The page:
# PISO vs Approximate vs Exact Projection methods for pressure-velocity coupling

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 August 8, 2017, 09:29 PISO vs Approximate vs Exact Projection methods for pressure-velocity coupling #1 Member   Katt Join Date: May 2017 Posts: 30 Rep Power: 7 Hi everyone; I have a pressure-velocity coupling question. Comparing several softwares, I came across two ways of iteratively solving the Navier-Stokes equations. 1. SIMPLE/ PISO/ PIMPLE (from OpenFOAM) 2. Approximate/ Exact Projection Method (Gerris/ Basilisk) Though I tried to understand the concept through Wiki, I dont see what really is the difference between all 3 methods. from my understanding (PS: all above mentioned codes use collocated scheme), Step1: From the available velocity at the previous time step stored at cell centers, they are interpolated to the cell faces (as Finite volumes compute cell face flux to be mass conservative) Step2: Apart from pressure gradient term, lump all the source/ sink terms along with the viscosity term and update the cell face momentum flux term Step3: Aiming to achieve a mass conserved solution at the new time, with the available momentum flux term and pressure gradient term the following relation is solved for iteratively: laplacian (pressure) = divergence (not mass conservative flux available from Step2) Step4: from the updated pressure, re-evaluate the mass conservative flux. Step5: Proceed to the next time step with the same process. I am aware that projection methods use Hodge-decomposition where: "Intermediate velocity = Mass conserved velocity + grad(pressure)" which ultimately leads to Step 3 above. Then where is the difference between these methods coming from? Can anyone help me, point to a suitable link where the difference is clearly explained. Thanks; Katt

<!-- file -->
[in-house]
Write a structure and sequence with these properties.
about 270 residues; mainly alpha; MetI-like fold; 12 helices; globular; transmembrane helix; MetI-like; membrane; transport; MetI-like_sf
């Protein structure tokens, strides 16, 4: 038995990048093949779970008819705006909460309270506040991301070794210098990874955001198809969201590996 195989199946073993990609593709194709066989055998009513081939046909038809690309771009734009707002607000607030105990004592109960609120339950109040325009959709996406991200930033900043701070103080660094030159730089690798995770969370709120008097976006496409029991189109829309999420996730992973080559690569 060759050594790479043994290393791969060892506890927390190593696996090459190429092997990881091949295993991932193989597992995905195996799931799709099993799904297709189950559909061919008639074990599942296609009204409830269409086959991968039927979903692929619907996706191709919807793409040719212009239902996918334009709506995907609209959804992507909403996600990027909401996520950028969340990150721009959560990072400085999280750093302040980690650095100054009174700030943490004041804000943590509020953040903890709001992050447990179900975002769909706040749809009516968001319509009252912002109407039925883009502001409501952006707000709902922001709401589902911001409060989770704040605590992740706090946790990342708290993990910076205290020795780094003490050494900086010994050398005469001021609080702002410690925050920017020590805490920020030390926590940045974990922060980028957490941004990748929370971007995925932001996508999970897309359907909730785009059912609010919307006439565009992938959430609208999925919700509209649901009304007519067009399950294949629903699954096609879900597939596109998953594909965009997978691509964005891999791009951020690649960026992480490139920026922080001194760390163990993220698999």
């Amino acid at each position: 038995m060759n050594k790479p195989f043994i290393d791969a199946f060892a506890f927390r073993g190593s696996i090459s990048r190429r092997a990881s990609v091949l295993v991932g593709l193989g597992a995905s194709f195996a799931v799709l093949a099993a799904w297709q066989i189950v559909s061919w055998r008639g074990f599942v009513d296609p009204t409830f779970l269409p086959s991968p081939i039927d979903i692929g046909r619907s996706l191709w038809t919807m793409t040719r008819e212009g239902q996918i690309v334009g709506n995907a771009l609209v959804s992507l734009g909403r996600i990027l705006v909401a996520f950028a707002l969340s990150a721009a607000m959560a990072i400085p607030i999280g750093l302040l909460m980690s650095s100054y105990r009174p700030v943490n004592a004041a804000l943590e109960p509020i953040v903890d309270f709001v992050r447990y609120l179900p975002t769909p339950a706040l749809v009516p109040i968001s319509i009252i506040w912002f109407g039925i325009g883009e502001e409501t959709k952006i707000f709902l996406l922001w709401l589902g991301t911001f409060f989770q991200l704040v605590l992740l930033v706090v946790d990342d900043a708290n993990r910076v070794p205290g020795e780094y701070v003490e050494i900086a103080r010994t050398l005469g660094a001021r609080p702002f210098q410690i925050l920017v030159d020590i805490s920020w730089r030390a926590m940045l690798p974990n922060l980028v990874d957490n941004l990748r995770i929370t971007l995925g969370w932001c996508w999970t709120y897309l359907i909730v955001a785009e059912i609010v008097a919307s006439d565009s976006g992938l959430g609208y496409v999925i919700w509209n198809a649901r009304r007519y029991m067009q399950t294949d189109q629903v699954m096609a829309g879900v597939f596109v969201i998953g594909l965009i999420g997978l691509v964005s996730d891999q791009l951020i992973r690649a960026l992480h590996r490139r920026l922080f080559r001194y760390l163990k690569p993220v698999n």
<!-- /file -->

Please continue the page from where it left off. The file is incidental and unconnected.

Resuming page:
August 8, 2017, 10:52 #2 Senior Member   Filippo Maria Denaro Join Date: Jul 2010 Posts: 6,246 Rep Power: 67 Exact or Approximate projection methods are different. The former satisfy the divergence-free constraint up to machine tolerance, the latter only up to the magnitude of the local truncation error. Often this difference is strictly related to the type of colocation of the velocities on the grid (staggered/non-staggered) as well as for the type of discretization of divergence and gradient operators.